(Bloomberg) -- Masayoshi Son has added about $3.8 billion to his net worth this year as the surging stock price of Arm Holdings Plc bolsters the value of his holdings in SoftBank Group Corp.

The pace of increase in his wealth puts the Japanese billionaire in the top 30 gainers among the world’s 500 richest people tracked by the Bloomberg Billionaires Index. The 66-year-old founder of SoftBank Group was worth $15.1 billion as of Tuesday, compared with $11.3 billion at the end of last year.

Son is personally benefiting from Arm’s rally because he owns roughly a third of SoftBank Group, which holds 90% of the UK chip designer. Arm extended its three-day rally to 90% after its earnings report last week showed AI spending is boosting sales. The stock has now almost tripled from its initial public offering price of $51. SoftBank shares are trading near a three-year high. 

“As long as its assets hold up their gains, people are not going to say SoftBank is over priced,” said Masahiro Yamaguchi, senior market analyst at SMBC Trust Bank Ltd. “For Arm, the stock surge may look overheated but if you think this will be backed by solid earnings growth in the future, it doesn’t feel out of place.”

Arm gave a bullish forecast when it reported financial results last week, suggesting the company can push beyond its traditional smartphone business into artificial intelligence and other promising markets. Yamaguchi said investors are likely to take cues from Nvidia Corp.’s earnings next week to gauge whether the latest gains have been excessive.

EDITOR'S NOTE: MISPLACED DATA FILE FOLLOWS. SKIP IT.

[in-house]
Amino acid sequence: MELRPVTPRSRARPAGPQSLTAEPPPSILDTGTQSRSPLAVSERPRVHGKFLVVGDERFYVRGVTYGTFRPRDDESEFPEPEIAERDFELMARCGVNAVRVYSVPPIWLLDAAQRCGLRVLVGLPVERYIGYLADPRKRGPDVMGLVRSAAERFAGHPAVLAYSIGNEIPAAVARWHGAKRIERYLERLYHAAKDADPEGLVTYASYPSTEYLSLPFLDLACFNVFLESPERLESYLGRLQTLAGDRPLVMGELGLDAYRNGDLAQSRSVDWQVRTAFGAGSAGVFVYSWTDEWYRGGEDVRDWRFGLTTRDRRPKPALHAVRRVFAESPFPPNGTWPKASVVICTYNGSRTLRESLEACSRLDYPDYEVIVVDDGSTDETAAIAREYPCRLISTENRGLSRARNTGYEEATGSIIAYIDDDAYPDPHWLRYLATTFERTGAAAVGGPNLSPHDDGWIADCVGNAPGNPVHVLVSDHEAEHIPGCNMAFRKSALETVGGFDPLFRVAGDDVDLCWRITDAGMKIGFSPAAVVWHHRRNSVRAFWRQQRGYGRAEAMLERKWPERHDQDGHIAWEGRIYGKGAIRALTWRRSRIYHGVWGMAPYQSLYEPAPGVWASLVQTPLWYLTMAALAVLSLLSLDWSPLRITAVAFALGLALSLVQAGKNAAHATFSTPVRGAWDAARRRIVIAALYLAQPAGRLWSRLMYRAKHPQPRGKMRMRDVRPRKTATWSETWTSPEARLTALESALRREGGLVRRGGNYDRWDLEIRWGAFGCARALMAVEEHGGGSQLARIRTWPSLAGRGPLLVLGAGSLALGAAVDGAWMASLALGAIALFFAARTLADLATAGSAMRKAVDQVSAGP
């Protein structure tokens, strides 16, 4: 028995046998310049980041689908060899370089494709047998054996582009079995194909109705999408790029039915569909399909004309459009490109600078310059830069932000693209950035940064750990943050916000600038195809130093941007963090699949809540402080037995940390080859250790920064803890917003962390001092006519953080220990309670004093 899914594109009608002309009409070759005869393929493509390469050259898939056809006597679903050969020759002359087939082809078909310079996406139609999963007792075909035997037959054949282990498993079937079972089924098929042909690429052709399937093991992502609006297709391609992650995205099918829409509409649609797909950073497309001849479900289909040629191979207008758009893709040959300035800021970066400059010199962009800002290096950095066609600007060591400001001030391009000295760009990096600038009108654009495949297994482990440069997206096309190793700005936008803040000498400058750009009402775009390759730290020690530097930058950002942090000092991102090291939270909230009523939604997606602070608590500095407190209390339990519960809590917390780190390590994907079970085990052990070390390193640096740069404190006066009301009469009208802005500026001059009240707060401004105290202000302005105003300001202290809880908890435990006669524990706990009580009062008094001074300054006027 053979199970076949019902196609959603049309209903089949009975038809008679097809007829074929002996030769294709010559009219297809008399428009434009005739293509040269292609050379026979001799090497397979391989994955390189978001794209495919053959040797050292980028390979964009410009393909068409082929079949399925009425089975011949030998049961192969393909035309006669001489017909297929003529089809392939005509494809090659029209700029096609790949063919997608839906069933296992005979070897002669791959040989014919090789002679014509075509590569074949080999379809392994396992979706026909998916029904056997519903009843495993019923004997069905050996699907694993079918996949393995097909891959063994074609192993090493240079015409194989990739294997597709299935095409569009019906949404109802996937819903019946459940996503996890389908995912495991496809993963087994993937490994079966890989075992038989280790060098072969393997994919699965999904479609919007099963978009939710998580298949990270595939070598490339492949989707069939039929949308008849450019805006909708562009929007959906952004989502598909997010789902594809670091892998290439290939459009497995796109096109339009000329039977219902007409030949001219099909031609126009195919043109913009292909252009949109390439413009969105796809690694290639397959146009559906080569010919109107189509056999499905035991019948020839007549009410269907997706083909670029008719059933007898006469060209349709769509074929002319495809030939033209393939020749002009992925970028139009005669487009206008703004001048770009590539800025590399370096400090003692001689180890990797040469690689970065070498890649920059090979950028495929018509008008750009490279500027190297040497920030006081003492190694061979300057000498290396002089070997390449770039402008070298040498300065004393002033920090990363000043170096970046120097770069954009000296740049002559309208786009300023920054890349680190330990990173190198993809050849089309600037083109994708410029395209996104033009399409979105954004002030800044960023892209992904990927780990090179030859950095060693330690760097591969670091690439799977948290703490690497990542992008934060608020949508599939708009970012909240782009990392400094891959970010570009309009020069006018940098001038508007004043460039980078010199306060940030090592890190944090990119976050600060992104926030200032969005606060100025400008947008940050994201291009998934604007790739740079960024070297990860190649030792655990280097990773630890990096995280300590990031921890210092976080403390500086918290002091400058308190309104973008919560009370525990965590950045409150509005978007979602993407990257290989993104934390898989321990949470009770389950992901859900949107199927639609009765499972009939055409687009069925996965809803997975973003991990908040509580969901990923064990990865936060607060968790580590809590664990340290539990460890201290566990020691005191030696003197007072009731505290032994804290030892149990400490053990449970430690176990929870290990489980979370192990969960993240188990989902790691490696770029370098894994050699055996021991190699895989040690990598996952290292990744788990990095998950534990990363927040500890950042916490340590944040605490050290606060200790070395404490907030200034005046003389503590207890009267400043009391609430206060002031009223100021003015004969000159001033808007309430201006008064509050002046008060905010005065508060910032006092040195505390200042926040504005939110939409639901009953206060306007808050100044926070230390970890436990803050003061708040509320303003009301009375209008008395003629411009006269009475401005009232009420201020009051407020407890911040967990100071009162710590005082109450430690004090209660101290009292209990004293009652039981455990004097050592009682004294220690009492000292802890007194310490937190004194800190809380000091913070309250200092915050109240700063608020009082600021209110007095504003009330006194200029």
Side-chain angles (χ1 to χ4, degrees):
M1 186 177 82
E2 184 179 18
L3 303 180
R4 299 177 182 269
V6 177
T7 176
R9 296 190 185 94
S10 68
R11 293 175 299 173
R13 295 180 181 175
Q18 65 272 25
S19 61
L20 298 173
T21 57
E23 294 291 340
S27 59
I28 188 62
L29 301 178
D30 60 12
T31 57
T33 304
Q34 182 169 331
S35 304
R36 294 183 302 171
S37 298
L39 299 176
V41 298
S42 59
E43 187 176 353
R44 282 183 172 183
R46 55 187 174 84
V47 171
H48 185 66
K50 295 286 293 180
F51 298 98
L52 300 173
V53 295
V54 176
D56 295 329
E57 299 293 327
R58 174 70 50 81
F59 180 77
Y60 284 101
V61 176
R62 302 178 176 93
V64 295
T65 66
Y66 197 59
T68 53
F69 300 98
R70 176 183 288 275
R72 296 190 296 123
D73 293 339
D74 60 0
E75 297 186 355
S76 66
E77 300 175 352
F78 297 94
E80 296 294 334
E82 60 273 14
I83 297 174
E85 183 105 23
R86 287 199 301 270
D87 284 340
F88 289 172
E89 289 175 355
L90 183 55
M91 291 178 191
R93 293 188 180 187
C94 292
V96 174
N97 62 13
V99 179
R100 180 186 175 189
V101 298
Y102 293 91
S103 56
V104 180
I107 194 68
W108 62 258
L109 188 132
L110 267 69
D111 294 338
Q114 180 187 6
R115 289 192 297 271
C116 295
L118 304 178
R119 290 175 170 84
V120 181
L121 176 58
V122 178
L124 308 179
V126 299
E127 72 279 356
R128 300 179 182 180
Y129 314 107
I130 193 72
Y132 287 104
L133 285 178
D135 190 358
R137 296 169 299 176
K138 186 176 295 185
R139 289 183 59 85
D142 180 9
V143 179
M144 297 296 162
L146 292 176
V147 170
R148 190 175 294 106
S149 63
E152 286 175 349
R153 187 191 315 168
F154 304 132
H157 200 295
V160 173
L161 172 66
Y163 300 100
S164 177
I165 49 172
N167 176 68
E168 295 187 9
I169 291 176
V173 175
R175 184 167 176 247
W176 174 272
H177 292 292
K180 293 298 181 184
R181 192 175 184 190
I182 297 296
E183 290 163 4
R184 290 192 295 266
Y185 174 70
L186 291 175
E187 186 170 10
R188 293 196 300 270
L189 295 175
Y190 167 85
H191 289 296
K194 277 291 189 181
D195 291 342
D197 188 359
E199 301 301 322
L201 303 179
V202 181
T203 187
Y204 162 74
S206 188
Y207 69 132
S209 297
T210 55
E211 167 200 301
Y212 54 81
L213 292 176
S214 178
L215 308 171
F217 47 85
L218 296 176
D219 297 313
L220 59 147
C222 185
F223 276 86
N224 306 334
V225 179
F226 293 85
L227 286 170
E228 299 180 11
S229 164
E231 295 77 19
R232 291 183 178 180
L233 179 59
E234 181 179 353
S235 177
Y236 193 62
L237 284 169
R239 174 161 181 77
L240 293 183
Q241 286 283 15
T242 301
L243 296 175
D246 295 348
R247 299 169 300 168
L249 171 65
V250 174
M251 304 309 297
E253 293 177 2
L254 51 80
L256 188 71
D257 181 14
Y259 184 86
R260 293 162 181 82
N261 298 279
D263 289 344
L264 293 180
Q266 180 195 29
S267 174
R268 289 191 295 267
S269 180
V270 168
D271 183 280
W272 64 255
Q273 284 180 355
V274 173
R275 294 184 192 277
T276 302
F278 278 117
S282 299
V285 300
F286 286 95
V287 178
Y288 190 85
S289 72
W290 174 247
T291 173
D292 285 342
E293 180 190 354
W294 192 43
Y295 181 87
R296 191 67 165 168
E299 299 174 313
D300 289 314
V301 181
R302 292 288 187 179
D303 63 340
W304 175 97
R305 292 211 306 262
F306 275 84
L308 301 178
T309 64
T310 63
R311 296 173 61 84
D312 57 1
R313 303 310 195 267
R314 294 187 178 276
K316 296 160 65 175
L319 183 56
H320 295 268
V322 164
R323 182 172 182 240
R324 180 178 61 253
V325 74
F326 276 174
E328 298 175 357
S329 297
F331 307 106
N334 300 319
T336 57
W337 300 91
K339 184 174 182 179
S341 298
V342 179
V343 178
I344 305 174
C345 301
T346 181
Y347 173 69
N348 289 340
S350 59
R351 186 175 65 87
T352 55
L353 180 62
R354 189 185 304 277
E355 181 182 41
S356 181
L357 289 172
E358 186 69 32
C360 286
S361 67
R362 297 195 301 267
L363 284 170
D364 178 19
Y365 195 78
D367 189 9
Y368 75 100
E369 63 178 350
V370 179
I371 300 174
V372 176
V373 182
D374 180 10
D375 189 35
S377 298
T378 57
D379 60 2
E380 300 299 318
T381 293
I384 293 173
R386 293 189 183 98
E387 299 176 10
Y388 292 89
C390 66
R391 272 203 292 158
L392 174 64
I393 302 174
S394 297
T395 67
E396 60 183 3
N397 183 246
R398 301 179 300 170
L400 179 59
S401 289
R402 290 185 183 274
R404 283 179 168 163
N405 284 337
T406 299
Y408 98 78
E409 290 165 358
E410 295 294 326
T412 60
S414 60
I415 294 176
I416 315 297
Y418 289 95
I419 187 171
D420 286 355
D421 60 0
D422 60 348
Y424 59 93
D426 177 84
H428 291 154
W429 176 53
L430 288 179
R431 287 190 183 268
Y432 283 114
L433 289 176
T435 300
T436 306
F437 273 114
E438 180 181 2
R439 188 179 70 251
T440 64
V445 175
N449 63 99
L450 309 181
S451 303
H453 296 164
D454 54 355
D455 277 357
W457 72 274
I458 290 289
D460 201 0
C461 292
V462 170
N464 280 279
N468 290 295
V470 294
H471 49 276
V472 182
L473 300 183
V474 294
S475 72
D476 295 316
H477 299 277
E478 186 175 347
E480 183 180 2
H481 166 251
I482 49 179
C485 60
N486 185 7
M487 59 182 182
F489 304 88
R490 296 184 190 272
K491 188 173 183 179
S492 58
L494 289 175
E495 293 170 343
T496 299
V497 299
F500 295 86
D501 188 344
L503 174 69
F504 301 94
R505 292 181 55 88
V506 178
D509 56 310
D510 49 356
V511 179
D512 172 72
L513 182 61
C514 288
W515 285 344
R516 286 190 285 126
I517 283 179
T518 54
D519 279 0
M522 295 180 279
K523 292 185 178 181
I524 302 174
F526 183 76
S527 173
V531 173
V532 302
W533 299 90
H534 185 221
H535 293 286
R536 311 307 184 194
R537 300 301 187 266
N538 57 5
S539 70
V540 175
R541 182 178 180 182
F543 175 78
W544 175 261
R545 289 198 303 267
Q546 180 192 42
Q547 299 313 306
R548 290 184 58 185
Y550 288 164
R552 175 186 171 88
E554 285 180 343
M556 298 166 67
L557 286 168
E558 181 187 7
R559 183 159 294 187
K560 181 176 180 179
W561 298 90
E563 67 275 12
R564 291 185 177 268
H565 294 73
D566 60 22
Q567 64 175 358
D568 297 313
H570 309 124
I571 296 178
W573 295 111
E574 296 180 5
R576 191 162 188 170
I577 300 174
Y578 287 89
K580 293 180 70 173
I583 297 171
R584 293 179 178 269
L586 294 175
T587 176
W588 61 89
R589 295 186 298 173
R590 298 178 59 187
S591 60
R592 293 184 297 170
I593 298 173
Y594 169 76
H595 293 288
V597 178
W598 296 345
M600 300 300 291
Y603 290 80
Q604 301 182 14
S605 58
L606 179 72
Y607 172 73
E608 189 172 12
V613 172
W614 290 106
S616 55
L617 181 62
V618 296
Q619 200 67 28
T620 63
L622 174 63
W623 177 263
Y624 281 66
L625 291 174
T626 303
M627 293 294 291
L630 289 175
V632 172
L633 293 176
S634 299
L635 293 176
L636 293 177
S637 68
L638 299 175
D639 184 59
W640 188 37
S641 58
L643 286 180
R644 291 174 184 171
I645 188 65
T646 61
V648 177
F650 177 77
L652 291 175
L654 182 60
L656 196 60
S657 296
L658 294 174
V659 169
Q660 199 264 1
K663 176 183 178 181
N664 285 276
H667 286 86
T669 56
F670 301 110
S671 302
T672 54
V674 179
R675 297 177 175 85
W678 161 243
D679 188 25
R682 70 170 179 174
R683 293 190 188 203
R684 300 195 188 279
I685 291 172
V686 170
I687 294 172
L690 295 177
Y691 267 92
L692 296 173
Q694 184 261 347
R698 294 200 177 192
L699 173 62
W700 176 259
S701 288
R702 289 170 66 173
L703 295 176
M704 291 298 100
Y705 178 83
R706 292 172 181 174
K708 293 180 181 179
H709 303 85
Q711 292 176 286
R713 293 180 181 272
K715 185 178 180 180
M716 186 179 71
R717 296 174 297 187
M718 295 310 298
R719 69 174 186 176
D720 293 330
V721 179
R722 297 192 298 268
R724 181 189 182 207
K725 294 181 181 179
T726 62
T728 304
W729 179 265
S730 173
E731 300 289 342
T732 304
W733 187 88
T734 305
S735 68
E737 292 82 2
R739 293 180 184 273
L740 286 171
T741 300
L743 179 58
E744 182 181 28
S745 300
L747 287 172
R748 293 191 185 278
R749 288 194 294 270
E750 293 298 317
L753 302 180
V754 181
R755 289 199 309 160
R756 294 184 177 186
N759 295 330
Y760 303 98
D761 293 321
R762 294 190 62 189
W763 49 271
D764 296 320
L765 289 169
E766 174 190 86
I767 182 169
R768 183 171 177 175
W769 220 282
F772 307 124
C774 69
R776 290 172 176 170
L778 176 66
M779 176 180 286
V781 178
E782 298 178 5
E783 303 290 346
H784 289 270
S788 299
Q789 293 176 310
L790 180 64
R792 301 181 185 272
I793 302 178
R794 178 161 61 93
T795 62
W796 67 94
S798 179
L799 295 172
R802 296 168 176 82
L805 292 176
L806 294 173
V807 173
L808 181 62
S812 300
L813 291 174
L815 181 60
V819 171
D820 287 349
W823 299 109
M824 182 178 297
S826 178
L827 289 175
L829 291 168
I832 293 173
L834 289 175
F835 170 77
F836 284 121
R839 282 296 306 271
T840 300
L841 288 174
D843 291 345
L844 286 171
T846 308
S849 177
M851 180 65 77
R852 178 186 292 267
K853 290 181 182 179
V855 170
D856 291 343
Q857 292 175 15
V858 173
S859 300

To Victor Galliano, an independent analyst who publishes on Smartkarma, Arm’s current level prices a “super-premium” as Nvidia trades on less than half the prospective earnings multiple for a very similar forward earnings-per-share growth. Kirk Boodry of Astris Advisory also notes Arm’s multiples are already “eye-wateringly rich.” 

SoftBank shares continue to trade at a significant discount to its net asset value as the Vision Fund unit accounts for a chunk of the technology investors total holdings. The second Vision Fund remains mired in losses after a post-pandemic slump hurt tech valuations worldwide. Galliano estimates the two Vision Funds to account for about 25.3% of NAV, while Arm accounts for a whopping 48.4%. 

Son remains personally on the hook for about $5.3 billion on side deals he set up at SoftBank Group to boost his compensation, according to Bloomberg calculations based on company disclosures. Portfolio losses linked to the Vision Fund 2 stood at $2.9 billion, and $556 million for the Latin America fund, according to disclosures for the December quarter. His remaining deficit at SB Northstar was ¥259.7 billion ($1.8 billion).

The billionaire holds 17.25% of a vehicle set up under SoftBank’s Vision Fund 2 for its unlisted holdings, as well as 17.25% of a unit within the company’s Latin America fund, which also invests in startups. He indirectly holds a 33% stake in SB Northstar, a vehicle set up at the company to trade stocks and derivatives.

The Vision Fund 2 is the second-largest contributor to SoftBank’s equity value — accounting for about 14% — and any mark downs pose a risk, Galliano wrote in a note published on Smartkarma. “A radical, positive shift in the fortunes of the SVF2 holdings is needed to lower Masa’s IOUs with Softbank, which seems unlikely, in our view,” he wrote. 

--With assistance from Pei Yi Mak, Eddy Duan and Winnie Hsu.

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